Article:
H1-2022 registered highest ever half-yearly sales of 18,26,483 vehicles. 2022 average monthly volume stood at 3,04,414 mark – which is the highest in the history of Indian PV sales! March 2022 and June 2022 are 2nd and 3rd best sales month in entire history. Improved supply side situation and demand spillover from 2021 are the major factors.
Indian mass market PV industry COVID-19 recovery
The Indian passenger vehicle industry registered the highest ever half-yearly sales in the H1-2022. Previous highest sales was recorded in H1-2018.
Since the outbreak of COVID-19 in March 2020 and sales downfall in successive months, a V-shaped recovery took the final tally to cross 18 lakh mark in the H1-2022, despite several industry specific headwinds like – fuel and car price inflation, supply side shortage, adverse foreign exchange movement.
In India, nearly 50% of passenger vehicle sales happen in H1 (January-June) period, with March accounting for the second highest sales month due to the financial year closing in India. Data from 2015-2019 is considered over here to avoid unusual peaks and troughs of the recent past.
Deep dive analysis – looking beyond headline data
As evident in the above graph, with the onset of the monsoon in India, June is usually a lean month for vehicle sales, however, June 2022 sales is third best sales month in entire history, also, 2022 average monthly sales stood above 3 lakh mark.
This points to a spillover of demand from previous year, when manufacturers were not able to deliver cars due to supply side constraint caused by semiconductor shortage in H2-2021.
A quick flashback based on the above graph – 2019 sales downfall was caused due economic slowdown and plunged further in H1-2020 due to country wide lockdown compounded by the start of the new BS6 emission standard era. Soon in H2-2020, pent-up demand and shift towards personal mobility over shared mobility led to a V-shaped recovery, and caught every automaker by surprise. H1-2021 again witnessed 2nd wave of COVID-19 related lockdown and production plant closure, thus a protracted growth was witnessed in early 2021, which became further sluggish due to semiconductor shortage (varies from manufacturer to manufacturer) in later part of 2021. Demand for already successful products surged and other manufacturers used discounts-push to gain volume in 2022 to keep their factory running to cover their fixed cost.
Though recovery brought industry to a new level in 2022, headwinds have left varying sizes of holes in the past P&L statements of manufacturers. H1-2018 was the previous best, and underutilization of plant capacity in successive years means nearly 11 lakhs unrecovered volume from the past. This is what appears to be a tailwind for the future as many potential customers who didn’t buy a car as an upgrade or replacement or altogether a new purchase, may still fulfill their consumption urge in future.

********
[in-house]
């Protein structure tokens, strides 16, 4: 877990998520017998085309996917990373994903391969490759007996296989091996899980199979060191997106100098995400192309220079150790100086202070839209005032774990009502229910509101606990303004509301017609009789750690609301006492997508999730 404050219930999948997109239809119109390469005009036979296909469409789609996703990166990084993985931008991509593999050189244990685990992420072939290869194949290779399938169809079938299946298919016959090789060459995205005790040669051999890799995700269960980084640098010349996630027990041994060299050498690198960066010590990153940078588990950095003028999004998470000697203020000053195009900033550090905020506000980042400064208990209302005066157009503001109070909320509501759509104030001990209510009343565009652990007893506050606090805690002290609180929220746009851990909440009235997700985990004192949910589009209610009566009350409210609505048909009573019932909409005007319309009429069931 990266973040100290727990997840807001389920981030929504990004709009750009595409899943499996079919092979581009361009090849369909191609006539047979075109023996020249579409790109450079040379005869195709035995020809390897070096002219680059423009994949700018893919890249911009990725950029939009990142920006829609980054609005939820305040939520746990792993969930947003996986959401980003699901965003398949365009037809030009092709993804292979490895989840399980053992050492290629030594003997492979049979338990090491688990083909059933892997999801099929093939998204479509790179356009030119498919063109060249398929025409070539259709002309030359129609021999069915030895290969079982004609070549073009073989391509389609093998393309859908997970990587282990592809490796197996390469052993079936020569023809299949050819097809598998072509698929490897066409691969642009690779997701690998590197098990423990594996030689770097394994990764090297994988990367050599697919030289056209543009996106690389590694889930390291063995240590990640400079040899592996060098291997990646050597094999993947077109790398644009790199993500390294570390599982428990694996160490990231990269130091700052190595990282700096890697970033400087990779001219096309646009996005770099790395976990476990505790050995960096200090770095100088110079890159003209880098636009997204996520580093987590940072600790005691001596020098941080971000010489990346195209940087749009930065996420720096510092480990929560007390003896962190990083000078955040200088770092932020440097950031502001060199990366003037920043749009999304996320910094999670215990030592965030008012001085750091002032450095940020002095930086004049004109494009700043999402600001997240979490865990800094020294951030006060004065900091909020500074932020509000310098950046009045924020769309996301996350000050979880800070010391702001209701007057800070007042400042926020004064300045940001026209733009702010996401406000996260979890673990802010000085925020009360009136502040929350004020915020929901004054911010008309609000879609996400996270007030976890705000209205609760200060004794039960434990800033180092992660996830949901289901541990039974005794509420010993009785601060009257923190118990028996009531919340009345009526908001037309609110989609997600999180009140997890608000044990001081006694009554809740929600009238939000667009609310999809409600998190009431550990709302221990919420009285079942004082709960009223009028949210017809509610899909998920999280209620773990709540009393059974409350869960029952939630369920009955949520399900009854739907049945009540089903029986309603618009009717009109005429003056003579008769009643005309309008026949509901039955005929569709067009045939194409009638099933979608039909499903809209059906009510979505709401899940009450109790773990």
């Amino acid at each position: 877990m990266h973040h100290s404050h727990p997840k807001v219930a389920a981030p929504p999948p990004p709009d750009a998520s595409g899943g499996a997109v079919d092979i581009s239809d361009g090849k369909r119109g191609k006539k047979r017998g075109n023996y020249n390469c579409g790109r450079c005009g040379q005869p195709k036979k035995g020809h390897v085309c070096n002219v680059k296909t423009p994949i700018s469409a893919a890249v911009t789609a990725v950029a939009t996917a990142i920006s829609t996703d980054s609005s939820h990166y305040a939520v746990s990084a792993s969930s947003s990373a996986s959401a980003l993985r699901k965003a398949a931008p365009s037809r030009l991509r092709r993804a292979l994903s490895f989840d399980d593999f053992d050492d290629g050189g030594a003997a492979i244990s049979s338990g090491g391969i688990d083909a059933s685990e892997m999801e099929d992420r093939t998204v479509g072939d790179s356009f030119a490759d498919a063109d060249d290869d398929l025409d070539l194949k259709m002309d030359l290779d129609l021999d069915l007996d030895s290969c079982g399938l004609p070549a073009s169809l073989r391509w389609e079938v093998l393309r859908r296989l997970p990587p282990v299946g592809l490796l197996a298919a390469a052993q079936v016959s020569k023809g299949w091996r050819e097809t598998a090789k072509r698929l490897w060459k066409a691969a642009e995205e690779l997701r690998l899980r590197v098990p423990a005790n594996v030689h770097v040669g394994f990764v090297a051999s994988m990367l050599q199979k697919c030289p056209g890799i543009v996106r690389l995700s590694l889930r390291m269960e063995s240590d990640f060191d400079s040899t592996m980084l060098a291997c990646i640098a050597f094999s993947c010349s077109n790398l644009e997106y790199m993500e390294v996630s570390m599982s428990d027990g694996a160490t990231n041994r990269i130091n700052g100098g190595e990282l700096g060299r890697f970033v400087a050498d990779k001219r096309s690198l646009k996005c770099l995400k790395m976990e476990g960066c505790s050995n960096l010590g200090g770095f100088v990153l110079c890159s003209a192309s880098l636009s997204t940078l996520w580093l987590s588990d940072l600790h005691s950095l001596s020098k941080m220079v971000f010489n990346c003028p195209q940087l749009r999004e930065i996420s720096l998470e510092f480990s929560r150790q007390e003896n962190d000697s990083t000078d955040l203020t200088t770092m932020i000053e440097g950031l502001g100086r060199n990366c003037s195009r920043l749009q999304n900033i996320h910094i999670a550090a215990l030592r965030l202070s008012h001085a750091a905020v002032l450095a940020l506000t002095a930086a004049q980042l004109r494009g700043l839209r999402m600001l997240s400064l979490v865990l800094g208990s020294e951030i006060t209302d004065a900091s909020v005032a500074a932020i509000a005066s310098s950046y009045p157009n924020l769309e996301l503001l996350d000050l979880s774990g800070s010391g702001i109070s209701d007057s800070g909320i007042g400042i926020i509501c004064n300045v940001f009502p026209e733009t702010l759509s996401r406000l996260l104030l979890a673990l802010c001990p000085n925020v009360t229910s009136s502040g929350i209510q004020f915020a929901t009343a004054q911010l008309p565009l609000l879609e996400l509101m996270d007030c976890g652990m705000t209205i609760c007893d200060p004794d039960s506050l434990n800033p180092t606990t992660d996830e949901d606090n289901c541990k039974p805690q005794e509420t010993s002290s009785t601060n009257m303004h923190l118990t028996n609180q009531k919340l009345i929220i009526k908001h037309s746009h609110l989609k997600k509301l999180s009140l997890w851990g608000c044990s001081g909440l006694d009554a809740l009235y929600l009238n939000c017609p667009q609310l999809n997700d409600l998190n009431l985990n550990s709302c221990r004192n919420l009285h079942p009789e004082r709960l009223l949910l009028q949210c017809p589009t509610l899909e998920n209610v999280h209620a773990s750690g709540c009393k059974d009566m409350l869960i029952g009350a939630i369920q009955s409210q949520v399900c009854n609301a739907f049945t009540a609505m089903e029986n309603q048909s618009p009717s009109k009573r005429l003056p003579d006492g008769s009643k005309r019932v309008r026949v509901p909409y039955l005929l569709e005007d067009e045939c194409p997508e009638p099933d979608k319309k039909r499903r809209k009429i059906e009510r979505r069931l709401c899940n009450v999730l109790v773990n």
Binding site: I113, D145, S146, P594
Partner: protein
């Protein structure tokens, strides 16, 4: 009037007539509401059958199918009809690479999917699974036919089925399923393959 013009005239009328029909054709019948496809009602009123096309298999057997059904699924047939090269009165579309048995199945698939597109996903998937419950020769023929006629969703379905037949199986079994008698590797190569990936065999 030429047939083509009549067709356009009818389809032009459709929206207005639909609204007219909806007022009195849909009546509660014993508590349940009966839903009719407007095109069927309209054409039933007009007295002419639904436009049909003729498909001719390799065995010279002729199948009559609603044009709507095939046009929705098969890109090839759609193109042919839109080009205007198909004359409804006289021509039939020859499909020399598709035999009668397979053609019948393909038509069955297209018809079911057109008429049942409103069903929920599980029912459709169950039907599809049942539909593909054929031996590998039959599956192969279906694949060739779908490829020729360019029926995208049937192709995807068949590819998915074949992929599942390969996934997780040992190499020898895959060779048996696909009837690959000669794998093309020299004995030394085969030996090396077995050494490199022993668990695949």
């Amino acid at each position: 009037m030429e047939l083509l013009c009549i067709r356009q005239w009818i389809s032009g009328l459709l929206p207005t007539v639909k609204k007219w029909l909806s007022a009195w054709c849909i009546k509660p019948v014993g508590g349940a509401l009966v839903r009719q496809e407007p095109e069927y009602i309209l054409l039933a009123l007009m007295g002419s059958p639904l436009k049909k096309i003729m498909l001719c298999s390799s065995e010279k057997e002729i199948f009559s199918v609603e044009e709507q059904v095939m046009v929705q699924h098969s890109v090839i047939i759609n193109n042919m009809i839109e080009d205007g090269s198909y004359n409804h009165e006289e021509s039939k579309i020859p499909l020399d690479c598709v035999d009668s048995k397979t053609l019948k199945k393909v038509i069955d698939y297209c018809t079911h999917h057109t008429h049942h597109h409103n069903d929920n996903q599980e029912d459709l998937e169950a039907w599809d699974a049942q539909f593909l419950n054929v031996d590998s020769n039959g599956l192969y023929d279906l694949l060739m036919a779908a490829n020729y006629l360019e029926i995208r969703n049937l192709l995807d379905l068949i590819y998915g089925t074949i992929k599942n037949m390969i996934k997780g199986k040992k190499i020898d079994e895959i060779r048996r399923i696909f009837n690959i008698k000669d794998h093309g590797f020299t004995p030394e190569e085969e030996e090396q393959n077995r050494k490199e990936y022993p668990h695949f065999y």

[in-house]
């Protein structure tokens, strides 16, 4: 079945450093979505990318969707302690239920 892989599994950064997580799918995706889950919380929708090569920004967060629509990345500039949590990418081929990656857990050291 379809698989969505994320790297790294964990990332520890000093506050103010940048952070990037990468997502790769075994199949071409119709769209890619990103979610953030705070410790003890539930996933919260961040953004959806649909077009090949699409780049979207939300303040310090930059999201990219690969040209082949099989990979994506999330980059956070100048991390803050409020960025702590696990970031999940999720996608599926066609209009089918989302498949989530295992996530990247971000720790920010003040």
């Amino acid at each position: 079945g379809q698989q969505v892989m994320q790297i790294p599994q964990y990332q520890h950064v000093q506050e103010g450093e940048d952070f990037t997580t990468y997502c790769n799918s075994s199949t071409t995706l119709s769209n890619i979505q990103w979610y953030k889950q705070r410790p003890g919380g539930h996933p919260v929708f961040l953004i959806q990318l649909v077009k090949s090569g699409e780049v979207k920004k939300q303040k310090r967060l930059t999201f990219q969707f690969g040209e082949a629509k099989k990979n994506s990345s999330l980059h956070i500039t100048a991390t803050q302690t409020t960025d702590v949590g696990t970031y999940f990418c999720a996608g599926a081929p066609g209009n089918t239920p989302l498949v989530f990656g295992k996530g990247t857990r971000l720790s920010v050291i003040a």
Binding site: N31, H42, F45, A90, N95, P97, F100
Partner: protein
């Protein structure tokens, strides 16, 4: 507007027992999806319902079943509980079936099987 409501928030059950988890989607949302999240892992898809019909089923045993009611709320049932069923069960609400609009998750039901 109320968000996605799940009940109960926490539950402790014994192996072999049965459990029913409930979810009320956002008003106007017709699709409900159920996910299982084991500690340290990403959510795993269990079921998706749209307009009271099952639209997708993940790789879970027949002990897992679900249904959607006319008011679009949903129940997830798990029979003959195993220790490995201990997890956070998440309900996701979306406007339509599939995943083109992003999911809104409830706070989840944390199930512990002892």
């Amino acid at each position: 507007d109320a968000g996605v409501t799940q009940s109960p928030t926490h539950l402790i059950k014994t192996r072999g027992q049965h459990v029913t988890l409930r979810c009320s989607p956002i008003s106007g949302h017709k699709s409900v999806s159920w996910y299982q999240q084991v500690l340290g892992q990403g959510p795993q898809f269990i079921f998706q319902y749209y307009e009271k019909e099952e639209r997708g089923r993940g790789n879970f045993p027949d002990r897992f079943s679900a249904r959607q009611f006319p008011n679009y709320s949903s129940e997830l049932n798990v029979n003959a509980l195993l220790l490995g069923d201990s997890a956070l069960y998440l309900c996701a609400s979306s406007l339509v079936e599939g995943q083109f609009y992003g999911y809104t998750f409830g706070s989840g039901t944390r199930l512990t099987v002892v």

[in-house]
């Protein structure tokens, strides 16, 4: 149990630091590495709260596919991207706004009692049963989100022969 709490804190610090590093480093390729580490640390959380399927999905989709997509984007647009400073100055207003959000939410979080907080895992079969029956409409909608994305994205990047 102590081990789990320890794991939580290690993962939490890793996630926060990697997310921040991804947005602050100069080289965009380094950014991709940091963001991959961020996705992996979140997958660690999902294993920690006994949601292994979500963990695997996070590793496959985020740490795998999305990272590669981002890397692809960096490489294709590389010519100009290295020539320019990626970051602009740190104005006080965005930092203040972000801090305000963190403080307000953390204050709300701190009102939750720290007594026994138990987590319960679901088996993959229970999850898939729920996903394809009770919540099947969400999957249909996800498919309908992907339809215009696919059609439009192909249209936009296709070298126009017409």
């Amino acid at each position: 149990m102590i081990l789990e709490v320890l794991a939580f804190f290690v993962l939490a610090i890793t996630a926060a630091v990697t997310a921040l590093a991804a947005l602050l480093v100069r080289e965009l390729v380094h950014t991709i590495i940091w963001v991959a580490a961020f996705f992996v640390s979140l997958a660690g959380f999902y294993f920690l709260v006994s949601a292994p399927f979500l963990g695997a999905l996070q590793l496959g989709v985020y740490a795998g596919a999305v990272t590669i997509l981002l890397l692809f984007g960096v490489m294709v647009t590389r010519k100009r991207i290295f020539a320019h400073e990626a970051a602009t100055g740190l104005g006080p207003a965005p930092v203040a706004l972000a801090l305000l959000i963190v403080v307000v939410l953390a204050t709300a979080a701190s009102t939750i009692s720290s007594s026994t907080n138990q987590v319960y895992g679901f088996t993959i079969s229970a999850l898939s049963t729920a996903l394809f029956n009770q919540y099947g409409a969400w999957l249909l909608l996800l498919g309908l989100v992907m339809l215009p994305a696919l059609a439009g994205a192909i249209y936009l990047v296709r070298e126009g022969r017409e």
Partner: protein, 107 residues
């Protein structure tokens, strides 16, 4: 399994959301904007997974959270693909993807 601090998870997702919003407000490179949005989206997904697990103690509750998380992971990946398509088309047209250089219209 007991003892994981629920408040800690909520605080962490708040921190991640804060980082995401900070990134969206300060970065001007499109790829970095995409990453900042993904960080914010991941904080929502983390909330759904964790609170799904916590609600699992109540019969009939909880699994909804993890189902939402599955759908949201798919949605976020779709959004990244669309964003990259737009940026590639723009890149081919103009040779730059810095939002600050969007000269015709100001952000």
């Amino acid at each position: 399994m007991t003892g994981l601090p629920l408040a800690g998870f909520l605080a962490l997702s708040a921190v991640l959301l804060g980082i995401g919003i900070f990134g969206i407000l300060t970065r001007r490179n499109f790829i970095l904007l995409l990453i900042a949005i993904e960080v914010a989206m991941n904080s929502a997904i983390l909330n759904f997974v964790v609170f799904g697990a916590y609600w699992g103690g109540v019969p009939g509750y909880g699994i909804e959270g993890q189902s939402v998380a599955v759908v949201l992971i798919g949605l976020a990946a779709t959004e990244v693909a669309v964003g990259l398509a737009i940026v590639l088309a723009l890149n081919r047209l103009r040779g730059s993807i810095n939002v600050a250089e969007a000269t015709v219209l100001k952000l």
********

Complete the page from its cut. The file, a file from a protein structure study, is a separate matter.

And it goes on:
Caveat to automotive industry growth
Though not everything is hunky dory in Indian automotive space. The PV industry seems to be out of the woods with a cautiously optimistic future, 2-wheeler (2W) industry is in dire straits, with some minor improvement in recent months.
Lower strata of the economy is badly affected by the aftermath of COVID-19 and inflation has eaten into their disposable income and fuel price hike is acting as a purchase deterrent and all this resulted in failed W-shaped recovery in 2W space.
2W EV volume surged in the recent past, but it’s not good enough to prop the 2W sales across the country, as EVs will remain in the same market perimeter as substitute to ICE within existing demand pool, and will not alter overall demand.
To better understand past growth trends, we put together the Indian passenger vehicle CAGR (Compound-Annual-Growth-Rate) in series, with 2002 as a common base year. Passenger vehicle growth in India is closely linked to economic performance of the country and moves in-line with GDP growth rate, with some lead or lag at times, based on prevailing consumer sentiments.
Dark cloud for now is clear, Central Banks across the globe are raising interest rate to counter unprecedented inflation caused by geo-political conflict, supply-demand imbalance due COVID-19 aftermath, global shipment issues, commodity-super-cycle et al. RBI too is following the global lead and raised interest rate in India by 0.9% in recent past. Now, it’s a double whammy, as inflation invisibly eats into disposable income thus reducing propensity to consume and increased interest rate makes GDP growth slow (varies drastically from country to country), and sometimes may lead to stagflation like situation. Increased interest rate also means increased EMI on loans availed to consume and may slowdown consumption in future, as customers will prioritize their needs. Sometimes commodity super-cycles are followed by global recession, but impact on different countries remain asymmetric, based on their core economic strength and weakness.
What India needs in the short term is dark clouds, quite literally, with a good coverage of monsoon across the length and breadth of the country, of course, without flood like situation in any part of the country. This will help to cool down food inflation and secure food grain needs of the country in the short to mid-term. Silent tailwinds like recovery of un-consumed goods from the recent past and switch to personal mobility over shared mobility (high trip price, rising cancellation rate and deteriorating service quality) will keep Indian PV industry humming and will grow in line with the overall GDP growth of the country, with some lead or lag, provided consumer sentiments don’t turn bad (2013 & 2019).